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About Communication Studies

Communication Studies has been at the heart of the Liberal Arts since the beginning of higher education in the West some 2,500 years ago. When the Greeks began studying the Liberal Arts, the very first subject that they focused on was rhetoric, what we now would call communication. They began with the study of communication because they knew that when people exist in a community of any kind, the three most basic skills that they need are the ability to listen to what someone else says and judge whether their comments are sensible and to devise a response. What was true 2,500 years ago is still true today. If anything, the rise of the internet makes the study of communication more important than it has been at any other point in human history.

 

 


Advising Information

Faculty Advising for Summer and Fall 2015
(March 23 – April 9)
More info (PDF)

Colloquium Series
Departmental Awards

Communication Studies Department Awarded Inaugural Chancellor's Doctoral Fellowship!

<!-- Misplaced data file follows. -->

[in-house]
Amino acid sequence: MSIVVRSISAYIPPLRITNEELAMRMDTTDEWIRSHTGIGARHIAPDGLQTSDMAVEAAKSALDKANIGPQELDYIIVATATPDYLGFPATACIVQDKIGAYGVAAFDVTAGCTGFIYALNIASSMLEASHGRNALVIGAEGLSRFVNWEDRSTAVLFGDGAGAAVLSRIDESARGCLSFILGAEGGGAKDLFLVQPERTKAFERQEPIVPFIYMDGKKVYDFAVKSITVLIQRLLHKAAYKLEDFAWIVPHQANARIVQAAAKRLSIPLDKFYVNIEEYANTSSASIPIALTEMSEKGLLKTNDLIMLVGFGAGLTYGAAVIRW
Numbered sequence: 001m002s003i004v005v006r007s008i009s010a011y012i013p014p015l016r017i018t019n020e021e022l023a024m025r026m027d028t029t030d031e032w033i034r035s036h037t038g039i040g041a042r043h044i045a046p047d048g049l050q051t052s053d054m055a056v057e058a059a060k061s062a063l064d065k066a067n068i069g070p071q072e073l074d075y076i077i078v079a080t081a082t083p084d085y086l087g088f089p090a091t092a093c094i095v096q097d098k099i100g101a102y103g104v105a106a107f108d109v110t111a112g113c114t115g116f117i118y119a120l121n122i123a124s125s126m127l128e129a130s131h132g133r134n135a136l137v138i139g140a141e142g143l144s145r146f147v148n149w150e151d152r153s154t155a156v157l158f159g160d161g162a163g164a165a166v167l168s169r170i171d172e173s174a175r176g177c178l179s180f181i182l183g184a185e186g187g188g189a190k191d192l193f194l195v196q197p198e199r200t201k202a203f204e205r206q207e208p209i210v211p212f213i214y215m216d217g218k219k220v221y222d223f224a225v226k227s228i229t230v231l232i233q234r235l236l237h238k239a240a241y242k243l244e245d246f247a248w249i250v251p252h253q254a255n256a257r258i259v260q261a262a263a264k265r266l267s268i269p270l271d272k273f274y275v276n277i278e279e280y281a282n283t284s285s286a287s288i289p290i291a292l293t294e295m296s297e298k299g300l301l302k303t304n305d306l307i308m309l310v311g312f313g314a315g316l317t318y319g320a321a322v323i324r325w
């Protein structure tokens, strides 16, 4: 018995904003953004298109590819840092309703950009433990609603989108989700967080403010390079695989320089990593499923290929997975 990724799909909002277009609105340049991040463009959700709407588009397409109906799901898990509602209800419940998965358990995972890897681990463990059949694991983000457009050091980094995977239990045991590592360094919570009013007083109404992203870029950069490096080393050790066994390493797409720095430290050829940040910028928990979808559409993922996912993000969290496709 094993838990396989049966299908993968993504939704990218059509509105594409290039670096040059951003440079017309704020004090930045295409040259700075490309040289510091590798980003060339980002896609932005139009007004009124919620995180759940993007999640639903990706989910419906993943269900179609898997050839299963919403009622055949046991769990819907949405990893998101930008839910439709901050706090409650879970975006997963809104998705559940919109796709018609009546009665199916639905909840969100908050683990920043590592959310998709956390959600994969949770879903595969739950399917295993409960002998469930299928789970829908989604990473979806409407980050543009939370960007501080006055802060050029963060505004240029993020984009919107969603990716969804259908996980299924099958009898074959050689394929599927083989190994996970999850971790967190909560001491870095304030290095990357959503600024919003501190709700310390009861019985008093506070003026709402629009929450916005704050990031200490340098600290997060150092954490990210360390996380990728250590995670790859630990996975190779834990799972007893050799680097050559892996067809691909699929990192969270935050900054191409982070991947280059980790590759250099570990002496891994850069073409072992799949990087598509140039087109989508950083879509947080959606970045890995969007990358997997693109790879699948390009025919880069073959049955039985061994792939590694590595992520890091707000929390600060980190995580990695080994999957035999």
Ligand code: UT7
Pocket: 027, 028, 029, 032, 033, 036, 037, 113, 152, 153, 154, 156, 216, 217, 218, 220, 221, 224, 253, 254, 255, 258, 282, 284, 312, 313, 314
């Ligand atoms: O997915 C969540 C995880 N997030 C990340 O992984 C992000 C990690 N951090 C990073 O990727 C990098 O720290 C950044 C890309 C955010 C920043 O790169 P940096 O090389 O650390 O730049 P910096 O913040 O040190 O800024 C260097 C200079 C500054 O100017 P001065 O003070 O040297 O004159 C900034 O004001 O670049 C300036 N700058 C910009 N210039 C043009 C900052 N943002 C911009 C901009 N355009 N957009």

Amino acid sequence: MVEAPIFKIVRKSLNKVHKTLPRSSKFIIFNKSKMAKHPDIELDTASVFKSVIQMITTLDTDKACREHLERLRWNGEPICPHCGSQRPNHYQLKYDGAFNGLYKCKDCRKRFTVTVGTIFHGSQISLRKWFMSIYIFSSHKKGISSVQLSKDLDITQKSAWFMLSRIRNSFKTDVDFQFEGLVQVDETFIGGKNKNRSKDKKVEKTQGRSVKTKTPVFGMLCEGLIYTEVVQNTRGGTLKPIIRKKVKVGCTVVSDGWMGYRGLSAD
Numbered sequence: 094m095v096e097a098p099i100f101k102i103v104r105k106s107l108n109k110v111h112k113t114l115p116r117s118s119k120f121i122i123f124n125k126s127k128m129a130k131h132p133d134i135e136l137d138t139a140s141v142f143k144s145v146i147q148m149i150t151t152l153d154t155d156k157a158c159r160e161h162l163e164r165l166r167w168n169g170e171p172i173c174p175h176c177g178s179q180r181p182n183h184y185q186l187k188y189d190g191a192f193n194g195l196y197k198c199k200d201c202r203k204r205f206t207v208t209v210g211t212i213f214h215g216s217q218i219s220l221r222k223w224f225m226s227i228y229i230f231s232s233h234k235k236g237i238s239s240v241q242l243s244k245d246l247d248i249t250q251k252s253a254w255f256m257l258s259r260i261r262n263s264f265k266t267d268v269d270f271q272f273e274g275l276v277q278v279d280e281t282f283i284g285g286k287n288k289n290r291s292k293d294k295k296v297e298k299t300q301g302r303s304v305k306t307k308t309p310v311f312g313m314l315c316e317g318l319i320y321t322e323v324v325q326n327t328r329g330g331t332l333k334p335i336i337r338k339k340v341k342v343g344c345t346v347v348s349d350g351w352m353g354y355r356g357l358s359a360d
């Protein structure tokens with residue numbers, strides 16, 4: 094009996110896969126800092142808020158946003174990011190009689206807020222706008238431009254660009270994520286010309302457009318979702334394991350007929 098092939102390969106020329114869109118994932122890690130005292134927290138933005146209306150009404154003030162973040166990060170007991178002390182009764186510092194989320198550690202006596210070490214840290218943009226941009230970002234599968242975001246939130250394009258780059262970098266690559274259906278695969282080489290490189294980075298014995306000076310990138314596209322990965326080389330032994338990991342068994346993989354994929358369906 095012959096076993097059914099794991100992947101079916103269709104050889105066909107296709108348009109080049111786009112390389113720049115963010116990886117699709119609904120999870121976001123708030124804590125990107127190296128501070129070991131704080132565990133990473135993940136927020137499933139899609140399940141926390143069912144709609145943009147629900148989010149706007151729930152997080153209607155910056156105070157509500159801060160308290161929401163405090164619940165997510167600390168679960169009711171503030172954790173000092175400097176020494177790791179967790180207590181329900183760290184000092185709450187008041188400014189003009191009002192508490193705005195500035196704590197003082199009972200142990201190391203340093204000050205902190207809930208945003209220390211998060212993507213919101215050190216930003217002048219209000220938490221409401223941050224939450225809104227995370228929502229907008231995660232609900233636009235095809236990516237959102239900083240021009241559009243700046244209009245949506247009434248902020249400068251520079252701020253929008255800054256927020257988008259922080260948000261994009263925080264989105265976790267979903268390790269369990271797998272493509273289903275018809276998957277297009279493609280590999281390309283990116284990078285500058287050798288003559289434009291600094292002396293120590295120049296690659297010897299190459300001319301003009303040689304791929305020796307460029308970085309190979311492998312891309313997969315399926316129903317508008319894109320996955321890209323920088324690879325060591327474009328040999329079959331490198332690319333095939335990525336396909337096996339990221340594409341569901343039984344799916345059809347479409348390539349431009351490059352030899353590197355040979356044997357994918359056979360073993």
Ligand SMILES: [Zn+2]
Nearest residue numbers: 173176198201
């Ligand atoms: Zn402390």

More Info

Welcome back from Spring Break everyone. Our colloquium series returns this Wednesday. Rose Helens-Hart (Doctoral Candidate, KU) will be giving a talk titled: “Employability and Empowerment: Discursive Constructions of Career Planning” at 4pm in the Malott Room of the Kansas Union, we hope to see you there!
Whistling the night away. #exploreKU shot by saamanthathomas on insta. http://t.co/JFZcj31X8h
Explore KU: Experience a KU Men's Basketball tradition It’s explosive. It’s dramatic. It’s intimidating. It’s a KU tradition (see more at http://bit.ly/KUtraditions) simply known as the Confetti Toss. But it creates a primal eruption of fan enthusiasm at the opening of every KU men’s basketball game at Allen Fieldhouse. It starts as the visiting team is introduced on court. The KU student section is visibly bored and unimpressed. The entire section under the north basket holds up University Daily Kansans — making the point they’d rather read the newspaper than even look at the other team. They shake and rustle the student newspapers. Then the moment they were waiting for arrives — the Jayhawks enter the court. All Rock Chalk breaks loose. Newspapers, confetti and thousands of thundering voices soar into already charged atmosphere of KU’s hallowed basketball arena. The confetti hits its high point, near the banner on the north wall reading “Pay Heed, All Who Enter: Beware of the Phog.” And the confetti rains back into the stands, onto the court and into the memories of all at hand. It’s time to play.


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